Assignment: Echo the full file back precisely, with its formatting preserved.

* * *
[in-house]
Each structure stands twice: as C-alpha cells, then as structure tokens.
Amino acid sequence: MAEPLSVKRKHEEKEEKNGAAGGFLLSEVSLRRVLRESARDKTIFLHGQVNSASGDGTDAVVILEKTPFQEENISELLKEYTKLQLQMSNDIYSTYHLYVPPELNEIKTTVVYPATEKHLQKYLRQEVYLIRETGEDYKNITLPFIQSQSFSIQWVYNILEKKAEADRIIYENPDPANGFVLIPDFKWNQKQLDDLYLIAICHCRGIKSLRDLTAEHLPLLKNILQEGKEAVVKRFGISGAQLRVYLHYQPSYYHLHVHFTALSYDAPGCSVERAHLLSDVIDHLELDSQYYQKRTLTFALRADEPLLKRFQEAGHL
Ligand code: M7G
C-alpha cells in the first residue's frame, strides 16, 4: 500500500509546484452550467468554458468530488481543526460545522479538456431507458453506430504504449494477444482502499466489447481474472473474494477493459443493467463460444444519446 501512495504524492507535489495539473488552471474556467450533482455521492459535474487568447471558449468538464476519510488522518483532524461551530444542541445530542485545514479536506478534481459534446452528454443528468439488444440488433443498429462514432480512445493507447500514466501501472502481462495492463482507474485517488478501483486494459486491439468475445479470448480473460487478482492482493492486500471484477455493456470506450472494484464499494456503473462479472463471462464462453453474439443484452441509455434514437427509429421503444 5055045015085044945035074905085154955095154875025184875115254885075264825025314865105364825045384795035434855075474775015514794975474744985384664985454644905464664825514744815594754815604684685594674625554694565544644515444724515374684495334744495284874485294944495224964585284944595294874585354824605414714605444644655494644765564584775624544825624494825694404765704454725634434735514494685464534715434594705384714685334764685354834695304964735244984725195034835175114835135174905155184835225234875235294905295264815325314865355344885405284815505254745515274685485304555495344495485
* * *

[in-house]
Each structure stands twice: as C-alpha cells, then as structure tokens.
Amino acid sequence: MAEPLSVKRKHEEKEEKNGAAGGFLLSEVSLRRVLRESARDKTIFLHGQVNSASGDGTDAVVILEKTPFQEENISELLKEYTKLQLQMSNDIYSTYHLYVPPELNEIKTTVVYPATEKHLQKYLRQEVYLIRETGEDYKNITLPFIQSQSFSIQWVYNILEKKAEADRIIYENPDPANGFVLIPDFKWNQKQLDDLYLIAICHCRGIKSLRDLTAEHLPLLKNILQEGKEAVVKRFGISGAQLRVYLHYQPSYYHLHVHFTALSYDAPGCSVERAHLLSDVIDHLELDSQYYQKRTLTFALRADEPLLKRFQEAGHL
Ligand code: M7G
C-alpha cells in the first residue's frame, strides 16, 4: 500500500509546484452550467468554458468530488481543526460545522479538456431507458453506430504504449494477444482502499466489447481474472473474494477493459443493467463460444444519446 501512495504524492507535489495539473488552471474556467450533482455521492459535474487568447471558449468538464476519510488522518483532524461551530444542541445530542485545514479536506478534481459534446452528454443528468439488444440488433443498429462514432480512445493507447500514466501501472502481462495492463482507474485517488478501483486494459486491439468475445479470448480473460487478482492482493492486500471484477455493456470506450472494484464499494456503473462479472463471462464462453453474439443484452441509455434514437427509429421503444 5055045015085044945035074905085154955095154875025184875115254885075264825025314865105364825045384795035434855075474775015514794975474744985384664985454644905464664825514744815594754815604684685594674625554694565544644515444724515374684495334744495284874485294944495224964585284944595294874585354824605414714605444644655494644765564584775624544825624494825694404765704454725634434735514494685464534715434594705384714685334764685354834695304964735244984725195034835175114835135174905155184835225234875235294905295264815325314865355344885405284815505254745515274685485304555495344495485